As the US Food and Drug Administration (FDA) looks to catch signals of medical device safety issues earlier to prevent adverse events, the agency has put out draft guidance outlining how it will track and release such information publicly.
The release of the new information -- for concerns that have yet to be fully analyzed, validated or confirmed by the agency -- will come in addition to the recall notices, safety communications and press releases that the agency already puts out.
Although some are praising FDA’s decision to be more forthcoming, others, including lawyers, are questioning how and why the agency would release scientifically unverified information publicly.
What is an Emerging Signal?
Under the draft guidance, FDA is defining an “emerging signal” as new information about a medical device: 1) that the agency is currently monitoring or analyzing, 2) that has the potential to impact patient decisions and/or alter the device’s benefit-risk profile, 3) that has not yet been fully validated or confirmed, and 4) for which the agency does not yet have specific recommendations.
“Timely communication about emerging signals is intended to provide health care providers, patients, and consumers with access to the most current information concerning the potential benefits and risks of marketed medical devices so that they can make informed treatment choices based on all available information,” FDA says. “Such communication may also reduce or limit the number of patients exposed to the potential risk while the issue is being further evaluated. In addition, communicating emerging signals may also promote enhanced vigilance on the part of clinicians, risk managers, patients and consumers, who may respond by increasing their reporting to FDA.”
But FDA says it will be cautious with such information, noting that publicly communicating information on emerging signals should only come when: The information represents a new, potentially causal association, or a new aspect of a known association (e.g., increased rate or severity of event or reduced benefit), between a medical device and one or more adverse events or clinical outcomes; the available information is reliable; the information could have important clinical implications or it could significantly alter the known benefit-risk profile of the device.
After the guidance is finalized, FDA staff will conduct an initial assessment of the need to communicate an emerging signal within 30 days of receiving the information. And if the agency decides to not communicate the signal publicly, FDA staff “should conduct an internal reassessment of the decision within 30 days of receiving new information,” the guidance says.
The style of emerging signal communication will look like this:
“This communication reflects FDA’s current assessment of available information about [issue]. It is intended to highlight this information at an early stage in the FDA’s review, before the FDA has completed a full investigation or determined whether this information warrants regulatory action.
Posting this information does not mean that FDA has concluded there is a causal relationship between the medical device and the emerging signal. Nor does it mean that the FDA is advising patients or health care professionals to discontinue or modify use of these products. The FDA will update this document when additional information or analyses become available.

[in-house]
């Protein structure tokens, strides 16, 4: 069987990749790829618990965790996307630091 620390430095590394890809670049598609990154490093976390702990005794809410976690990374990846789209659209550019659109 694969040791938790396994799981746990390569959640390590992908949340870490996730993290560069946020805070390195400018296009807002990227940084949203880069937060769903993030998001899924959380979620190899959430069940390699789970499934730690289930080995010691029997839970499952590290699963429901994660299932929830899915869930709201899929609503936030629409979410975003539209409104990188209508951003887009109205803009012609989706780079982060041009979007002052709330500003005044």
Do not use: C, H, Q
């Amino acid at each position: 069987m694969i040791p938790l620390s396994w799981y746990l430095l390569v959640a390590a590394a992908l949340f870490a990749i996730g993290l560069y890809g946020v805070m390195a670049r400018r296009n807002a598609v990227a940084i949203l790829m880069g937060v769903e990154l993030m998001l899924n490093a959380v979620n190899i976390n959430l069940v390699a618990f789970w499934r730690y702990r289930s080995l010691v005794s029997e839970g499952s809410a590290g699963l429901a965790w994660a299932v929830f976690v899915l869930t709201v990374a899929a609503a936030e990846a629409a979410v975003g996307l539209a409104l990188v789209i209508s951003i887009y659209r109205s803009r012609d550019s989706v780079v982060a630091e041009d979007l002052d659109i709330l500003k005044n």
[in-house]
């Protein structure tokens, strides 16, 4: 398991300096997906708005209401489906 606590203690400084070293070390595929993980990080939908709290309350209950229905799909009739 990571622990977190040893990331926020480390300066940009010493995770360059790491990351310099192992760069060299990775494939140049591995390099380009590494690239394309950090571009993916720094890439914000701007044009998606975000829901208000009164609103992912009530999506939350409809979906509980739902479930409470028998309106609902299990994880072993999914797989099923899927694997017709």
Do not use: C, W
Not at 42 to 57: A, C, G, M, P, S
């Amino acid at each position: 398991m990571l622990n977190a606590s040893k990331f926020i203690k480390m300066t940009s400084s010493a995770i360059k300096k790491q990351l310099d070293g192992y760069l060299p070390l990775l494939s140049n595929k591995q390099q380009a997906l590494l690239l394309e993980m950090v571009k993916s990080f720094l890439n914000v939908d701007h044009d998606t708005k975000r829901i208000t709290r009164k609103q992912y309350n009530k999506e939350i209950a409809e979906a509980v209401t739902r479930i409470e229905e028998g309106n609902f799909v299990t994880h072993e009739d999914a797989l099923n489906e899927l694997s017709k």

Device (including known benefits and risks):
Summary of Emerging Signal:
Additional Information for Patients and Health Care Professionals (if any):
Ongoing FDA Actions:
How to Report Problems to the FDA:”
Sen. Patty Murray (D-WA) praised the release of the draft guidance just before the new year, noting, “I’m glad that the FDA is taking steps to ensure doctors and patients have emerging safety information that could be critical to making informed treatment decisions, but there is much more that needs to be done.”
Murray previously sent a letter to FDA calling for a full review of the agency’s work on contaminated duodenoscopes, which were linked to outbreaks of antibiotic-resistant infections. The agency has since called on three duodenoscope makers to submit plans to conduct safety studies to help understand the effectiveness of current cleaning procedures for the devices.
Unlike Murray, James Beck, counsel resident in the Philadelphia office of Reed Smith, takes issue with the contradictory nature of the proposed guidance.
Beck points to the criteria that would establish an emerging signal, noting that the statements are “internally – and we would say fatally – contradictory. How can risk data that ‘has not been fully analyzed, validated or confirmed’ nonetheless be ‘reliable and supported by sufficient strength of evidence’? It can’t, not under any standard articulated under either the FDCA or FDA regulations, which is why the draft relies on no articulable regulatory standard but rather a dozen bullet point ‘factors.’
“In lay terms, the FDA is proposing to take regulatory shots in the dark based on preliminary information that is admittedly scientifically unverified and which the agency can’t even say is significant,” Beck adds, noting that there could be some First Amendment issues as well.
“If the FDA presumes to make public statements on the basis of the slim evidence it describes in this proposed guidance, it should expect that the same rules will apply to other speakers under the First Amendment,” he notes.
Stakeholders have 60 days to comment (two anonymous posts already published) on the draft guidance.
Public Notification of Emerging Postmarket Medical Device Signals